The concept, one of four that Big Fuel developed, was tested in four different markets. The linchpin involved creating irreverent online video content and syndicating it on YouTube and other video-sharing hubs. Along with a strategy focus on online video, Colgate Wisp developed a Facebook application and a Be the Face of Wisp photo contest.

At the heart of the strategy—online video. Big Fuel developed a series of viral videos, partnering with eight different publishers including CollegeHumor and YourTango and Web celebrities like Kip Kay, known for his how-to and prank videos, to syndicate the content. It released eight wacky videos targeting niche interests among the target audience, contextually integrating Colgate Wisp into how-to, comedy and talkshow-genre video content. The goal was to achieve a seamless content integration with no heavy brand sell. Online video syndication offered Colgate the potential to scale its vast consumer target.

The photo contest sought to identify the most kissable person in America: Participants who entered the contest uploaded a photo to colgatewisp.com and received a widget that enabled friends to vote for them. The widget was shared via the Facebook and MySpace networks and via the microsite. “It was like a syndicated version of ‘Are you hot or not?’, Savar said.

Big Fuel turned the contest into a social experience by enabling the widget to syndicate the photo content. Participants uploaded their photo, chose a specific Wisp color and placed it in the photo as an overlay. The contest enabled segmentation by geographic area as well. For example, when a man entered the contest, he could choose to look only at women in Chicago who entered the contest and decide whether they were kissable or not. On average, Big Fuel reports that there were 11 votes cast per person or one individual voting on 11 different people.

To drive brand engagement further, Big Fuel created a Facebook app called Spin the Wisp. Once the app was installed, it had the names of the consumer’s Facebook friends. Consumers could have the app randomly pick Facebook friends for the game or they could handpick up to 16 people to fill it. The Wisp landed on exotic locations and flavors—a woman could send a virtual kiss from Paris to her crush. Spin the Wisp became a novel way to flirt.

Results: Big Fuel reports that a Real Life Twitter video produced with CollegeHumor netted more than 1.7 million plus views. The video featured man-in-the-street style interviews by a standup comic who walked around blurting out things like: “I just found this new wisp. Anybody want a kiss?”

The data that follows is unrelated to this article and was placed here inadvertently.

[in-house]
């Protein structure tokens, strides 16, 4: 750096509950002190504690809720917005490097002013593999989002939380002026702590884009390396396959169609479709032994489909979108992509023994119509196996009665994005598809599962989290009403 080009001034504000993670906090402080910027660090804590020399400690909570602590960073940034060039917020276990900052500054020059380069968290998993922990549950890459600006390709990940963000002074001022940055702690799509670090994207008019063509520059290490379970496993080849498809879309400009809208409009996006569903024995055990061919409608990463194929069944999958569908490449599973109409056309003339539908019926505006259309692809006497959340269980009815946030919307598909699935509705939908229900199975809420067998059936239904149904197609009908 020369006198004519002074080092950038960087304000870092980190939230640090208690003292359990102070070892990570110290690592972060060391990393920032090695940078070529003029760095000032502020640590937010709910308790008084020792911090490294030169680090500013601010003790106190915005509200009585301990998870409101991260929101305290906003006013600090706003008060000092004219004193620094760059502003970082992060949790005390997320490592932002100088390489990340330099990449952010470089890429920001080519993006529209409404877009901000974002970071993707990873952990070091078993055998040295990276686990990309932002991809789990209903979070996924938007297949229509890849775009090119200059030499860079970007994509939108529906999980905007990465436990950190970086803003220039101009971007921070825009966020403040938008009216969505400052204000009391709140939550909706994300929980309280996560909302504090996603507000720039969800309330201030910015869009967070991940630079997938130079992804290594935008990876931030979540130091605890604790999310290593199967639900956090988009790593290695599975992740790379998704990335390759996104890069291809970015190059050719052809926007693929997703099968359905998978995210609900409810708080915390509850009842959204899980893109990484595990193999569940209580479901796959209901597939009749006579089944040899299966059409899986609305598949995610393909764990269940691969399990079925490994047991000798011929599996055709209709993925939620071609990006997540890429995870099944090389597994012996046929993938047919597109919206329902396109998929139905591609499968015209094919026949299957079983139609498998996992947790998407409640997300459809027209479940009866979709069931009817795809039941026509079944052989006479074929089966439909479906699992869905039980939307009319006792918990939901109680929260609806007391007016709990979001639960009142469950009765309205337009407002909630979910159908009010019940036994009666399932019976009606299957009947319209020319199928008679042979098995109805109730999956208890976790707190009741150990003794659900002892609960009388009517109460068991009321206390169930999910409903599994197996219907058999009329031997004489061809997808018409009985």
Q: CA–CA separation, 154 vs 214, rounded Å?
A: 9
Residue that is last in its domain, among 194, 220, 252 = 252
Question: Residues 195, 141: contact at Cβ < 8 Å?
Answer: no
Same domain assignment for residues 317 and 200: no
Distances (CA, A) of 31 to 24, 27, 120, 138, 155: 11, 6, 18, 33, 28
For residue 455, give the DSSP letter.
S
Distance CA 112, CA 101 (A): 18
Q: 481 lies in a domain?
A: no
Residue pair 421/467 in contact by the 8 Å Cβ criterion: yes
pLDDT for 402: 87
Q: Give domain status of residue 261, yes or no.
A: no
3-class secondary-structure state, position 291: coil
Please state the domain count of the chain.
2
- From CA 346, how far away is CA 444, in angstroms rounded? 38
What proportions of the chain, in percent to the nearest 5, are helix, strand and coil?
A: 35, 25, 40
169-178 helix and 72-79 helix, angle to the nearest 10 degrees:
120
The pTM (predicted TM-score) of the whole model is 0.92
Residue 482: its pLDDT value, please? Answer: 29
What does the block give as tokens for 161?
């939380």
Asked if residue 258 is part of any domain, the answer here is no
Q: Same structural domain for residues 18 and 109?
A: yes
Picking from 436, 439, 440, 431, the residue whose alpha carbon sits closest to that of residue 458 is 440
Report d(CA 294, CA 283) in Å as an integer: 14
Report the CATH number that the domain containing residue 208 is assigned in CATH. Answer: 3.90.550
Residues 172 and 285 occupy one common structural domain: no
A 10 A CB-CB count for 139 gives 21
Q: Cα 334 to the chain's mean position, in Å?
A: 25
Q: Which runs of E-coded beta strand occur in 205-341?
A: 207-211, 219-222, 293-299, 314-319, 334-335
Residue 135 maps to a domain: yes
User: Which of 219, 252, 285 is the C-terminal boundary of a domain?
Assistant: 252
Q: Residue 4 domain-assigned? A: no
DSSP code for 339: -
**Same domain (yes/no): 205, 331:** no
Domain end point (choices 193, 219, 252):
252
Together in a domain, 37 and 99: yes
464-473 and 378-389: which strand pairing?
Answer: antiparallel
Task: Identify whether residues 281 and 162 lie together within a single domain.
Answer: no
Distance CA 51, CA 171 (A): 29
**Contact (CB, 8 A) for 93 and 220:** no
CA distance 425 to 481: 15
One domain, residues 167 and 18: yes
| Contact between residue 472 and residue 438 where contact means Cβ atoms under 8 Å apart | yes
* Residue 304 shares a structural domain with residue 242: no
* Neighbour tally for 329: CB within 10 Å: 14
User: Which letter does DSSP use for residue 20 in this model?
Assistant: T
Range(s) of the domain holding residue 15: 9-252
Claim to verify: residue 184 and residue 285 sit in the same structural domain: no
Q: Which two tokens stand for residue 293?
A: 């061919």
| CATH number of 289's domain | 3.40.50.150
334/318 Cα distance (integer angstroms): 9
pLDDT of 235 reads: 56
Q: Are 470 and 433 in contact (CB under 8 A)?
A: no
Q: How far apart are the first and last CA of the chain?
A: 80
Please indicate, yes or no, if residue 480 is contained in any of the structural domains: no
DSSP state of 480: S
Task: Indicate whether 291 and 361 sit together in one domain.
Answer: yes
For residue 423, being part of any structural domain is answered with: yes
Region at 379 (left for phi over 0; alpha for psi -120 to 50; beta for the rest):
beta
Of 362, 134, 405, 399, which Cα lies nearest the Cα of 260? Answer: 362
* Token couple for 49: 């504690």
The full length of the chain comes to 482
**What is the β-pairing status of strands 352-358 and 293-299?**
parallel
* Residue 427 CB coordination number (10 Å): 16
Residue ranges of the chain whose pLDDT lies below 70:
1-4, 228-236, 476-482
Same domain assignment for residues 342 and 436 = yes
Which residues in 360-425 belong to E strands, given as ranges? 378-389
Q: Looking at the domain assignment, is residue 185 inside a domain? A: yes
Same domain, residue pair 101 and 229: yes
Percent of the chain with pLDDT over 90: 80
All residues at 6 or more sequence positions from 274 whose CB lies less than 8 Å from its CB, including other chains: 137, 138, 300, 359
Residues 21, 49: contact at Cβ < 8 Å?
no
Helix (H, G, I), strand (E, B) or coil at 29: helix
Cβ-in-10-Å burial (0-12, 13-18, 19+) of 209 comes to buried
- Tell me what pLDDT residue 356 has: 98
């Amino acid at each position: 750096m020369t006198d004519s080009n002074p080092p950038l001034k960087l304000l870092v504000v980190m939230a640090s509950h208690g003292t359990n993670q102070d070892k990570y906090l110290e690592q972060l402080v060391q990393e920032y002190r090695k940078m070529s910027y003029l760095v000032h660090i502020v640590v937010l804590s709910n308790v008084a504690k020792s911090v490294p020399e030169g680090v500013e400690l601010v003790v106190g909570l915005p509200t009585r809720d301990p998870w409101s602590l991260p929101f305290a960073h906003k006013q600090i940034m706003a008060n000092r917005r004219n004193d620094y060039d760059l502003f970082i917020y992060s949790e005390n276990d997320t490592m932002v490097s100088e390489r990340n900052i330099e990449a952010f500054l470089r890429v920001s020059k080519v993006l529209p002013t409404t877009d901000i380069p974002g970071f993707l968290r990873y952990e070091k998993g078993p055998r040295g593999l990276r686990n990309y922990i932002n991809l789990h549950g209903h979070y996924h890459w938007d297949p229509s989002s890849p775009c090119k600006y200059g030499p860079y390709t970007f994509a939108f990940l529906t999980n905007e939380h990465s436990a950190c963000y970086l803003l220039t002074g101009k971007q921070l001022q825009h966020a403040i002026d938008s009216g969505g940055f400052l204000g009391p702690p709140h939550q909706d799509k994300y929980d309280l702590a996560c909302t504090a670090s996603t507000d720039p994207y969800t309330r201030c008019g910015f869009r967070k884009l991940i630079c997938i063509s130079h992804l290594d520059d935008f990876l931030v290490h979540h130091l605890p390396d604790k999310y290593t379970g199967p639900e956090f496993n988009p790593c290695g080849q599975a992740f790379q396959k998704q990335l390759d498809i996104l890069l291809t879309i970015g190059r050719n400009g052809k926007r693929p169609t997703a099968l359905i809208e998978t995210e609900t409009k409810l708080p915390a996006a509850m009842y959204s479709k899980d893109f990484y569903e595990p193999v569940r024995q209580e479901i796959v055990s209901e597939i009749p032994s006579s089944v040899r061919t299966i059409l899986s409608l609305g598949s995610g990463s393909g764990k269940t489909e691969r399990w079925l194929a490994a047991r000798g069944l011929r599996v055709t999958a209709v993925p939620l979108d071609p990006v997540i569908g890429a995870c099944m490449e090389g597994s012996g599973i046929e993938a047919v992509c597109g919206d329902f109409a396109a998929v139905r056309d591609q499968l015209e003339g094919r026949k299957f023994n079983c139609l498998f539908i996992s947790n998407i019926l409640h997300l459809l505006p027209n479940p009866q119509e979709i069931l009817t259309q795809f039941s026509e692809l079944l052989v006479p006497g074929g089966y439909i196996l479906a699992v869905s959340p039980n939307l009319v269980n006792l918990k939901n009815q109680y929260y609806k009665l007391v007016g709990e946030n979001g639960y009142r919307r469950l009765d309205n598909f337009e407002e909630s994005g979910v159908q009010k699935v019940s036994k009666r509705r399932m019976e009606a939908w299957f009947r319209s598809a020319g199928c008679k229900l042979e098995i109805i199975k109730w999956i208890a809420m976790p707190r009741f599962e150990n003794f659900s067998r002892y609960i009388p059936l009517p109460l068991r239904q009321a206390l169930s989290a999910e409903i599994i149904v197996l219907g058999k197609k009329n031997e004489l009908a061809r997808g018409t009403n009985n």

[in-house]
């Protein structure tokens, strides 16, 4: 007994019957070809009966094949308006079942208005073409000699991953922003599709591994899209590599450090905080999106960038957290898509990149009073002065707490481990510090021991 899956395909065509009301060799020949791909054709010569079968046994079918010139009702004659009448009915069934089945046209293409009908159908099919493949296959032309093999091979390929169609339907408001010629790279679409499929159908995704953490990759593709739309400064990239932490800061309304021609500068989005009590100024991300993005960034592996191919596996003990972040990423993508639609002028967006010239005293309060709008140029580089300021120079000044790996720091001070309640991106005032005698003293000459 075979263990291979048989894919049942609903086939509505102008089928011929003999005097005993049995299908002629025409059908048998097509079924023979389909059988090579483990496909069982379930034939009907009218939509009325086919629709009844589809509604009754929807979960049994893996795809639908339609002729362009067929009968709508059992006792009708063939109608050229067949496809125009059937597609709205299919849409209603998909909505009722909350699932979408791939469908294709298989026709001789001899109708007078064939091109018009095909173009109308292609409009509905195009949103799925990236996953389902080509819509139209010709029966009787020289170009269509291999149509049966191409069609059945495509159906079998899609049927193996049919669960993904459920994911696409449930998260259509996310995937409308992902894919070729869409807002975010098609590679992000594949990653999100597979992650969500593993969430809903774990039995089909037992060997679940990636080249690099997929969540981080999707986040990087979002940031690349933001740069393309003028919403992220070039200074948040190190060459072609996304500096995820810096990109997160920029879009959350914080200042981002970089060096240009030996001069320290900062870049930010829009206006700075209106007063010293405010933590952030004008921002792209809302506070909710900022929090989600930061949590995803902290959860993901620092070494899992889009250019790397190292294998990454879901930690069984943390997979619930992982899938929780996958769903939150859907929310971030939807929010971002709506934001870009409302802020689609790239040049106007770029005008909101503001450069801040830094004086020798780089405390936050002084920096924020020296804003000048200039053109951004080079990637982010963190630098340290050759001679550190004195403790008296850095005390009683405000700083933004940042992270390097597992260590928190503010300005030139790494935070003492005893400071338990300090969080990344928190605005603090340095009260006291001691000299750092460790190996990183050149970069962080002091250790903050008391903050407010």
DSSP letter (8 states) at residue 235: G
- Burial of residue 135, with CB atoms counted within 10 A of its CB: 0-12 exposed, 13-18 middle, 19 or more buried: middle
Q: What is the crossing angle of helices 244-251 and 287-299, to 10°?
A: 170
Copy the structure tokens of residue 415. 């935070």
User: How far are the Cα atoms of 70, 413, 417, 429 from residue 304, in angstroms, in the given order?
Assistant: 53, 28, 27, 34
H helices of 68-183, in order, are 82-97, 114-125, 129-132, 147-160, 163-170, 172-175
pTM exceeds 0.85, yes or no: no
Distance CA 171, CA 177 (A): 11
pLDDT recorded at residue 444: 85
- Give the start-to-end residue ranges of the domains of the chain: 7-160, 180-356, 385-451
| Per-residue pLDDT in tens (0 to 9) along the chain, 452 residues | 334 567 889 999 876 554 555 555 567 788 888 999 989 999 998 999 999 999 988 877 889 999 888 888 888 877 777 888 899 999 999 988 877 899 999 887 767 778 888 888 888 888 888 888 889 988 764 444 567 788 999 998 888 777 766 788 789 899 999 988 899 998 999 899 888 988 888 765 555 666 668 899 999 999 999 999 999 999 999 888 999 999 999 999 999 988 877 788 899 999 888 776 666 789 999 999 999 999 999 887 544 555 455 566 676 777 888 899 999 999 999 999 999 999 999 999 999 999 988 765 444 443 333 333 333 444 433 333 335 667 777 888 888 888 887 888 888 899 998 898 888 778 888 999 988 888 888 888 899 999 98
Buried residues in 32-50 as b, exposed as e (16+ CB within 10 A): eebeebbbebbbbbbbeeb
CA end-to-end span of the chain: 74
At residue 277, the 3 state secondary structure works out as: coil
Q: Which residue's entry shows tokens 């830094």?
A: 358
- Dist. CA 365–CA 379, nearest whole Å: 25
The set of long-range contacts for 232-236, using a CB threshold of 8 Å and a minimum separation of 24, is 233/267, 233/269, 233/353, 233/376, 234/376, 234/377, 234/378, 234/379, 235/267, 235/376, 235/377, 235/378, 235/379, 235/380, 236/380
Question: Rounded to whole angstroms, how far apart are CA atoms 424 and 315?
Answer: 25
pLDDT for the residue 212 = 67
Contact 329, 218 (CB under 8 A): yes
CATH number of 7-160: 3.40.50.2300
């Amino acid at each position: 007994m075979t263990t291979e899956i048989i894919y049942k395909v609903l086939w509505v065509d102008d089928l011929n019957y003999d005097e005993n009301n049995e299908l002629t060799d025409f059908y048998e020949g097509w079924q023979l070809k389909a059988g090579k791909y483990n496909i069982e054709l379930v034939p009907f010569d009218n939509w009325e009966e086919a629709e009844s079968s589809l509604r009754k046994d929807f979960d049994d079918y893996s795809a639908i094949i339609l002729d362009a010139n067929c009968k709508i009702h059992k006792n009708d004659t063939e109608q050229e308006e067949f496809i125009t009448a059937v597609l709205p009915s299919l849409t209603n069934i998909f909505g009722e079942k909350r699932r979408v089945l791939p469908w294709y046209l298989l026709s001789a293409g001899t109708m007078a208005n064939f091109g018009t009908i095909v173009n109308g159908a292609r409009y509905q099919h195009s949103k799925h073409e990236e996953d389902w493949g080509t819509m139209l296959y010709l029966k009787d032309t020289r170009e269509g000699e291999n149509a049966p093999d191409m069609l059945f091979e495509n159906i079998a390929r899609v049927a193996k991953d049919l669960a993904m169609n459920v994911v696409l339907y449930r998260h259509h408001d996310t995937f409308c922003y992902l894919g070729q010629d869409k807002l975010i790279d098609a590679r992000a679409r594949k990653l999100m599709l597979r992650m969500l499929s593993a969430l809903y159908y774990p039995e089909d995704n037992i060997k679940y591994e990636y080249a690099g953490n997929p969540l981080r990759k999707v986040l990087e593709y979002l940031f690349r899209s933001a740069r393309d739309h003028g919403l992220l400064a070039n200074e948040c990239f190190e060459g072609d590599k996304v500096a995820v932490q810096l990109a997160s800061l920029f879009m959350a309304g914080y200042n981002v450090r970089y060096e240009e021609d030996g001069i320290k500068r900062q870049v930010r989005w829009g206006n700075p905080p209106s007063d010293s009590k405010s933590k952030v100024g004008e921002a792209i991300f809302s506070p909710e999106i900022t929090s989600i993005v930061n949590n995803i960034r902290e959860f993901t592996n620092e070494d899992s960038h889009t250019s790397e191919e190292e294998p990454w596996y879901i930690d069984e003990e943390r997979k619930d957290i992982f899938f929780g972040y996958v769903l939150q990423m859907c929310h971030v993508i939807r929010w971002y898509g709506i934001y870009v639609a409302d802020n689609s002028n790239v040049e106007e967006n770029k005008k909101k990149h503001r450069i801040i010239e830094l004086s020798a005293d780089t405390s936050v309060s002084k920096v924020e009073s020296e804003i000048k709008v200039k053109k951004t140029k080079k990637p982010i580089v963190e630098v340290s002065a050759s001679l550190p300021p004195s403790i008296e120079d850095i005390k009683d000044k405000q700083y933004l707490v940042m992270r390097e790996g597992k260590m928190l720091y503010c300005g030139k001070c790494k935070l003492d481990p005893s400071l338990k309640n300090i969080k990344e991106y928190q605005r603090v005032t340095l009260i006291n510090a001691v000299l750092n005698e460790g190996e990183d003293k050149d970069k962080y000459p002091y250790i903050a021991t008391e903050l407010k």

The Kip Kaye video “Quick Draw Gadget” in which Kip constructs a quick draw gadget out of a Colgate Wisp, has generated more than 1 million views. In total, the eight videos in the “Be More Kissable” series racked up more than 4.1 million views on YouTube as of late June 2010.

The two most recent videos for Colgate Wisp are College Humor POV “New Year’s Eve” which logged 1,255,872 views and Michelle Phan’s “Kissable Lips” video which has 1,791,352 views as of late June. All the videos were seeded on multiple video-sharing sites.

The game saw a 10% click-through rate. Each time someone received a virtual kiss, they got a notification that appeared on their wall. The 10% click-through rate was based on the total number engagements vis-à-vis the notifications.

The average number of spins per install on Spin the Wisp was 7.6. There were more than 100,000 engagements and 40,000 + installations of the widget and more than 1 million unique impressions of the widget. There were 500,000 views of a faux Wisp infomercial.

Overall, as of May, 2010, Big Fuel reported 6 million+ total engagements with the Wisp campaign (widget installs, video views, game plays, pass-alongs). Big Fuel considered “engagement” as active participation, meaning someone played the game, shared it, watched a video—there was a 10-second minimum on viewing—and commented on a video, Savar said.

Key Takeaways: Colgate learned the value of what an engagement is, according to Savar. “It was the first time they ever measured anything based on engagements. They are accustomed to the number of impressions.”

Now, Colgate is working to extend the engagement metric to its more mature brands. The brand has begun to understand what the value of video, game and other content is vs. framing content only within the context of an ad buy, Savar explained.

While the campaign was in the market for four months, the videos and game continue to run.

Next Steps: Colgate has moved forward with content marketing and social marketing for others of its product brands. Colgate shot new videos for the Wisp product site and two additional viral video. The brand says it’s looking to turn customers into audiences and its brands into social identities.

Msrketing and Advertising Video Online

July 10, 2010

10 Tips For Maximizing Your Discoverability On YouTube

10 Tips For Maximizing Your Discoverability On YouTube

You want people to find and watch the videos that you are posting, but how do you make yourself and your videos more discoverable? YouTube recently added a section to their Partner Communications Hub with tips for discoverability on the site. We’ve compiled a list of 10 tips for maximizing your discoverability made up of YouTube’s partner presentation, as well as some of our own. Read more after the jump and get ready to be discovered!

Create Lots Of Content

If you really want to get noticed on YouTube then one of the best ways is to create lots of content. YouTube tells its partners, “The more content, the more related video clicks, the bigger the reach.”

Additionally, the more videos that you have on different topics, the more searches your videos will come up in.